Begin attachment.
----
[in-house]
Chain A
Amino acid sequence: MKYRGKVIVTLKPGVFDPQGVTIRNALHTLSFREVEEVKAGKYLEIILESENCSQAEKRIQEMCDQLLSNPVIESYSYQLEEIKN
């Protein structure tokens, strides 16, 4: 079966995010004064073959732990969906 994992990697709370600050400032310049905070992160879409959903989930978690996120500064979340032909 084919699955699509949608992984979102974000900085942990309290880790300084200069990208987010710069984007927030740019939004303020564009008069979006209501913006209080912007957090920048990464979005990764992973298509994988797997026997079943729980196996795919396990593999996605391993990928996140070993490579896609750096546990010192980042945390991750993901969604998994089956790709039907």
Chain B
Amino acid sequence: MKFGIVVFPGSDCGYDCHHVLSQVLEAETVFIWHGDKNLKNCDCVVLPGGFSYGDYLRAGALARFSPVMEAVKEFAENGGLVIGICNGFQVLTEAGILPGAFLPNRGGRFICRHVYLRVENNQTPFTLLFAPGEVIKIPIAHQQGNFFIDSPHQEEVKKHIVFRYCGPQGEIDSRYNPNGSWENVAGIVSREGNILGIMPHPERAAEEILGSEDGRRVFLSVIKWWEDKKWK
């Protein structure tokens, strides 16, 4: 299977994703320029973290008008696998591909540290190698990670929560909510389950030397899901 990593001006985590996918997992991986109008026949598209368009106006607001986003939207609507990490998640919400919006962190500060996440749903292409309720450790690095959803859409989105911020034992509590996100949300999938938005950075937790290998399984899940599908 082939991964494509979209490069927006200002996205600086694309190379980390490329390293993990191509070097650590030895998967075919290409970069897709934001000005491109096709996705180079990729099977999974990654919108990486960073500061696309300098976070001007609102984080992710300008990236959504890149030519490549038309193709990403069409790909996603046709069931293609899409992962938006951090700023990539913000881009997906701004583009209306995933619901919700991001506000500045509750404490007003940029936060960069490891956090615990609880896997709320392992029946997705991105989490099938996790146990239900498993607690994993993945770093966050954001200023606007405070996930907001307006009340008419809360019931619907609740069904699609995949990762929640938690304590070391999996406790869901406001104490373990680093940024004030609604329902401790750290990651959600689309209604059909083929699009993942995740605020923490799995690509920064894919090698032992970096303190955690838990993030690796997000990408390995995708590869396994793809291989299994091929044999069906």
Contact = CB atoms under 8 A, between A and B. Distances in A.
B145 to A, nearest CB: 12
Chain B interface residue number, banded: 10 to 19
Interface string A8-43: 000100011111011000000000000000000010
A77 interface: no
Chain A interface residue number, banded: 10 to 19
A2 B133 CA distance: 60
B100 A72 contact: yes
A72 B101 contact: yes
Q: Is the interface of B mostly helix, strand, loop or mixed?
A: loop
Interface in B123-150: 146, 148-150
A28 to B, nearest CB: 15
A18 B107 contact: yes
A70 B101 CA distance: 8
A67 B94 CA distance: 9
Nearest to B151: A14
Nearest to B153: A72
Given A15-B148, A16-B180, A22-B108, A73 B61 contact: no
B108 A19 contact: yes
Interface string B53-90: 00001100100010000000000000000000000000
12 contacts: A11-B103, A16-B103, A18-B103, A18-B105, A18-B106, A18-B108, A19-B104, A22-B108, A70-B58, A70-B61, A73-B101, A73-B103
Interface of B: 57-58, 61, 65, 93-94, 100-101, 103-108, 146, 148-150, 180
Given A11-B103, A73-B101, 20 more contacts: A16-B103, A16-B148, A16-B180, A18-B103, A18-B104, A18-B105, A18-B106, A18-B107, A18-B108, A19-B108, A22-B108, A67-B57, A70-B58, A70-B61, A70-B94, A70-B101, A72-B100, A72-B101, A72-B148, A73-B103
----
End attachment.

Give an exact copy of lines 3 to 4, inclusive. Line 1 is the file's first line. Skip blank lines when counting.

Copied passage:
Amino acid sequence: MKYRGKVIVTLKPGVFDPQGVTIRNALHTLSFREVEEVKAGKYLEIILESENCSQAEKRIQEMCDQLLSNPVIESYSYQLEEIKN
């Protein structure tokens, strides 16, 4: 079966995010004064073959732990969906 994992990697709370600050400032310049905070992160879409959903989930978690996120500064979340032909 084919699955699509949608992984979102974000900085942990309290880790300084200069990208987010710069984007927030740019939004303020564009008069979006209501913006209080912007957090920048990464979005990764992973298509994988797997026997079943729980196996795919396990593999996605391993990928996140070993490579896609750096546990010192980042945390991750993901969604998994089956790709039907």